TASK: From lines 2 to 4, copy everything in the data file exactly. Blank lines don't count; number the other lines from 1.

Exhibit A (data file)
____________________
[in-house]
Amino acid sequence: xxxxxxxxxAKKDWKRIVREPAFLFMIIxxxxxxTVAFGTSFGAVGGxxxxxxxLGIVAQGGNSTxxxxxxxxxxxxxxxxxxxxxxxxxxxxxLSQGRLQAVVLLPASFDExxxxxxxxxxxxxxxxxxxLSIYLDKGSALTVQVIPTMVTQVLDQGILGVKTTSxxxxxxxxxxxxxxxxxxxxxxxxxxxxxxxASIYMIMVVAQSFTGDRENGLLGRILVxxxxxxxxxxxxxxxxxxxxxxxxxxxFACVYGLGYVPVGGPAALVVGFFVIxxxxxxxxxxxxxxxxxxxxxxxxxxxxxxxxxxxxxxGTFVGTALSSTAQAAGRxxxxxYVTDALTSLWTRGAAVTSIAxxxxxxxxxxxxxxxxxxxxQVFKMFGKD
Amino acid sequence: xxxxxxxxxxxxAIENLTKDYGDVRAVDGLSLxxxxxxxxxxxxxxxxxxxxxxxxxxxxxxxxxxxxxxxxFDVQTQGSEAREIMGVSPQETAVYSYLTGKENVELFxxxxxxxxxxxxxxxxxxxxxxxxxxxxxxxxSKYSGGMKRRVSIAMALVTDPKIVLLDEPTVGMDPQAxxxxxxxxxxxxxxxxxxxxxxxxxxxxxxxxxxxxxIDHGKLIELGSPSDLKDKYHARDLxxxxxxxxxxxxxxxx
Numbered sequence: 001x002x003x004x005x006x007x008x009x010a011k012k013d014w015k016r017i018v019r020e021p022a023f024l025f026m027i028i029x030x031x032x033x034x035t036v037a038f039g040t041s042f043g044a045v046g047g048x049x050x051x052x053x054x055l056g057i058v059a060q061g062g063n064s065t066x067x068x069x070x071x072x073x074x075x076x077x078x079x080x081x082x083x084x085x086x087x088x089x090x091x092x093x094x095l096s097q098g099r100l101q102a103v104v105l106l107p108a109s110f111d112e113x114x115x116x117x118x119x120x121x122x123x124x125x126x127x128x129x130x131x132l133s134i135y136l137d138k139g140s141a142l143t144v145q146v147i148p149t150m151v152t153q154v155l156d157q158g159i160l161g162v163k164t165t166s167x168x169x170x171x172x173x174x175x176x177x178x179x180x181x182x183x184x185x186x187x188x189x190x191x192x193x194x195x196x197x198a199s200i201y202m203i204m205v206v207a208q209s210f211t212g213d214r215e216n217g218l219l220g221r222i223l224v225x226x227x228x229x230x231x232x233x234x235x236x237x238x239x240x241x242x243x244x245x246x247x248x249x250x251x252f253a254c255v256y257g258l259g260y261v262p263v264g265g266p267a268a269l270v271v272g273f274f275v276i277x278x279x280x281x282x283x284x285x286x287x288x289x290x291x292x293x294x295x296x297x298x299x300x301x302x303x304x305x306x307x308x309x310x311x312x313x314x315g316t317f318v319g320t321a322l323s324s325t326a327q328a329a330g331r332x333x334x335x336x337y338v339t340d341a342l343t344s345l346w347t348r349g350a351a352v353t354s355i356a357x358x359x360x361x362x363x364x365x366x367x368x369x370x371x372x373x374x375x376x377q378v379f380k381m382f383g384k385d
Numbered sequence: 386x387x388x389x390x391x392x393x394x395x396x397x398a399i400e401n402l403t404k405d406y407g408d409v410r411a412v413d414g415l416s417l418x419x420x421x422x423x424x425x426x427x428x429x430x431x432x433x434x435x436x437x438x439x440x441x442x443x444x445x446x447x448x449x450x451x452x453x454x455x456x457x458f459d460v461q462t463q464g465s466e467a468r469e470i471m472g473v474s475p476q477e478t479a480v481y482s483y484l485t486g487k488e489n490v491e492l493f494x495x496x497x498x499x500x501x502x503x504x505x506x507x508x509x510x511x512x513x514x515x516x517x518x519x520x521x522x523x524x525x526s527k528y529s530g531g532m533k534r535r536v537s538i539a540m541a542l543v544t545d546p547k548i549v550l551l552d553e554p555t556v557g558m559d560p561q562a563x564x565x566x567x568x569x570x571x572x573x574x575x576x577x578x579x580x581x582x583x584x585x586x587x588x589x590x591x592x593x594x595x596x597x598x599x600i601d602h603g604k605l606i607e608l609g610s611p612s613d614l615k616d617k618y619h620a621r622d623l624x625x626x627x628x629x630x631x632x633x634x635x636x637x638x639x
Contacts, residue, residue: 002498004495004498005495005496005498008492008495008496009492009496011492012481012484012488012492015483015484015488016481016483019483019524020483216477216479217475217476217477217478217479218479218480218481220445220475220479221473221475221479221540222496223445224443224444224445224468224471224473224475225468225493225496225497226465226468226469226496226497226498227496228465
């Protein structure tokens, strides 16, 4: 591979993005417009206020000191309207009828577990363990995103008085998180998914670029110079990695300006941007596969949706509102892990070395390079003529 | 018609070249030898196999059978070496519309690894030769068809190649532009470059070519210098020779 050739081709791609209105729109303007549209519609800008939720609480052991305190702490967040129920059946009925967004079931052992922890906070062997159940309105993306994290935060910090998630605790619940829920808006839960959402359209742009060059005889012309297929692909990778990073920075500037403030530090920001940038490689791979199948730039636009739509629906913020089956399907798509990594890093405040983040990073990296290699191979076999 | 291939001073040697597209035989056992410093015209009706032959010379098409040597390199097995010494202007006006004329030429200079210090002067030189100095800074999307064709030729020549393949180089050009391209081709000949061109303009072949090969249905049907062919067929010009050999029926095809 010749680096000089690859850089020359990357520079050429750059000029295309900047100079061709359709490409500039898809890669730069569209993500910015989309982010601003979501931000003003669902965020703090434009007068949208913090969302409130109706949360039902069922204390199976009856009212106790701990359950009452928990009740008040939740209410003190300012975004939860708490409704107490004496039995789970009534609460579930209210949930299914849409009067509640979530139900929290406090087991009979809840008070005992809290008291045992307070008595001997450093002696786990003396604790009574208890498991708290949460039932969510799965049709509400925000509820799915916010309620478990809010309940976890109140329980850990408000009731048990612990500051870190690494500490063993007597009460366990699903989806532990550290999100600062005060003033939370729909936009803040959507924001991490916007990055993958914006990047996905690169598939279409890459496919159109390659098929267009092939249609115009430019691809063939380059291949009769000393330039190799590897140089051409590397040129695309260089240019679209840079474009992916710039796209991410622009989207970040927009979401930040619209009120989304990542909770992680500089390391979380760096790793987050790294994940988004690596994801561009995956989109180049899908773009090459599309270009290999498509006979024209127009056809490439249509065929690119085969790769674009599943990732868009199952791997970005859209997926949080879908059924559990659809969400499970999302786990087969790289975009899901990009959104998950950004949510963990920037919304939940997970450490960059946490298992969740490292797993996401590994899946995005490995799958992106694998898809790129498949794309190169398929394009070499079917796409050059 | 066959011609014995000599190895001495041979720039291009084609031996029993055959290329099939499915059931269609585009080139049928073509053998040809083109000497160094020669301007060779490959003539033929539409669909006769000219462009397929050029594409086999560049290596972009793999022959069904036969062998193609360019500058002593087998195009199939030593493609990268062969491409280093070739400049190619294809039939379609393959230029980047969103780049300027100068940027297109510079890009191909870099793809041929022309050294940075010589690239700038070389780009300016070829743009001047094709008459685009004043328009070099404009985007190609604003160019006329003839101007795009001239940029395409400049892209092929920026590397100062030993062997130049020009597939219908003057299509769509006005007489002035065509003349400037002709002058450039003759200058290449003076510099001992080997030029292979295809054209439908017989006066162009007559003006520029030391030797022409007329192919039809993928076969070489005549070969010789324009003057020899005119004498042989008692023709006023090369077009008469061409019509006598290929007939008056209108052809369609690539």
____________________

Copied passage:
Amino acid sequence: xxxxxxxxxAKKDWKRIVREPAFLFMIIxxxxxxTVAFGTSFGAVGGxxxxxxxLGIVAQGGNSTxxxxxxxxxxxxxxxxxxxxxxxxxxxxxLSQGRLQAVVLLPASFDExxxxxxxxxxxxxxxxxxxLSIYLDKGSALTVQVIPTMVTQVLDQGILGVKTTSxxxxxxxxxxxxxxxxxxxxxxxxxxxxxxxASIYMIMVVAQSFTGDRENGLLGRILVxxxxxxxxxxxxxxxxxxxxxxxxxxxFACVYGLGYVPVGGPAALVVGFFVIxxxxxxxxxxxxxxxxxxxxxxxxxxxxxxxxxxxxxxGTFVGTALSSTAQAAGRxxxxxYVTDALTSLWTRGAAVTSIAxxxxxxxxxxxxxxxxxxxxQVFKMFGKD
Amino acid sequence: xxxxxxxxxxxxAIENLTKDYGDVRAVDGLSLxxxxxxxxxxxxxxxxxxxxxxxxxxxxxxxxxxxxxxxxFDVQTQGSEAREIMGVSPQETAVYSYLTGKENVELFxxxxxxxxxxxxxxxxxxxxxxxxxxxxxxxxSKYSGGMKRRVSIAMALVTDPKIVLLDEPTVGMDPQAxxxxxxxxxxxxxxxxxxxxxxxxxxxxxxxxxxxxxIDHGKLIELGSPSDLKDKYHARDLxxxxxxxxxxxxxxxx
Numbered sequence: 001x002x003x004x005x006x007x008x009x010a011k012k013d014w015k016r017i018v019r020e021p022a023f024l025f026m027i028i029x030x031x032x033x034x035t036v037a038f039g040t041s042f043g044a045v046g047g048x049x050x051x052x053x054x055l056g057i058v059a060q061g062g063n064s065t066x067x068x069x070x071x072x073x074x075x076x077x078x079x080x081x082x083x084x085x086x087x088x089x090x091x092x093x094x095l096s097q098g099r100l101q102a103v104v105l106l107p108a109s110f111d112e113x114x115x116x117x118x119x120x121x122x123x124x125x126x127x128x129x130x131x132l133s134i135y136l137d138k139g140s141a142l143t144v145q146v147i148p149t150m151v152t153q154v155l156d157q158g159i160l161g162v163k164t165t166s167x168x169x170x171x172x173x174x175x176x177x178x179x180x181x182x183x184x185x186x187x188x189x190x191x192x193x194x195x196x197x198a199s200i201y202m203i204m205v206v207a208q209s210f211t212g213d214r215e216n217g218l219l220g221r222i223l224v225x226x227x228x229x230x231x232x233x234x235x236x237x238x239x240x241x242x243x244x245x246x247x248x249x250x251x252f253a254c255v256y257g258l259g260y261v262p263v264g265g266p267a268a269l270v271v272g273f274f275v276i277x278x279x280x281x282x283x284x285x286x287x288x289x290x291x292x293x294x295x296x297x298x299x300x301x302x303x304x305x306x307x308x309x310x311x312x313x314x315g316t317f318v319g320t321a322l323s324s325t326a327q328a329a330g331r332x333x334x335x336x337y338v339t340d341a342l343t344s345l346w347t348r349g350a351a352v353t354s355i356a357x358x359x360x361x362x363x364x365x366x367x368x369x370x371x372x373x374x375x376x377q378v379f380k381m382f383g384k385d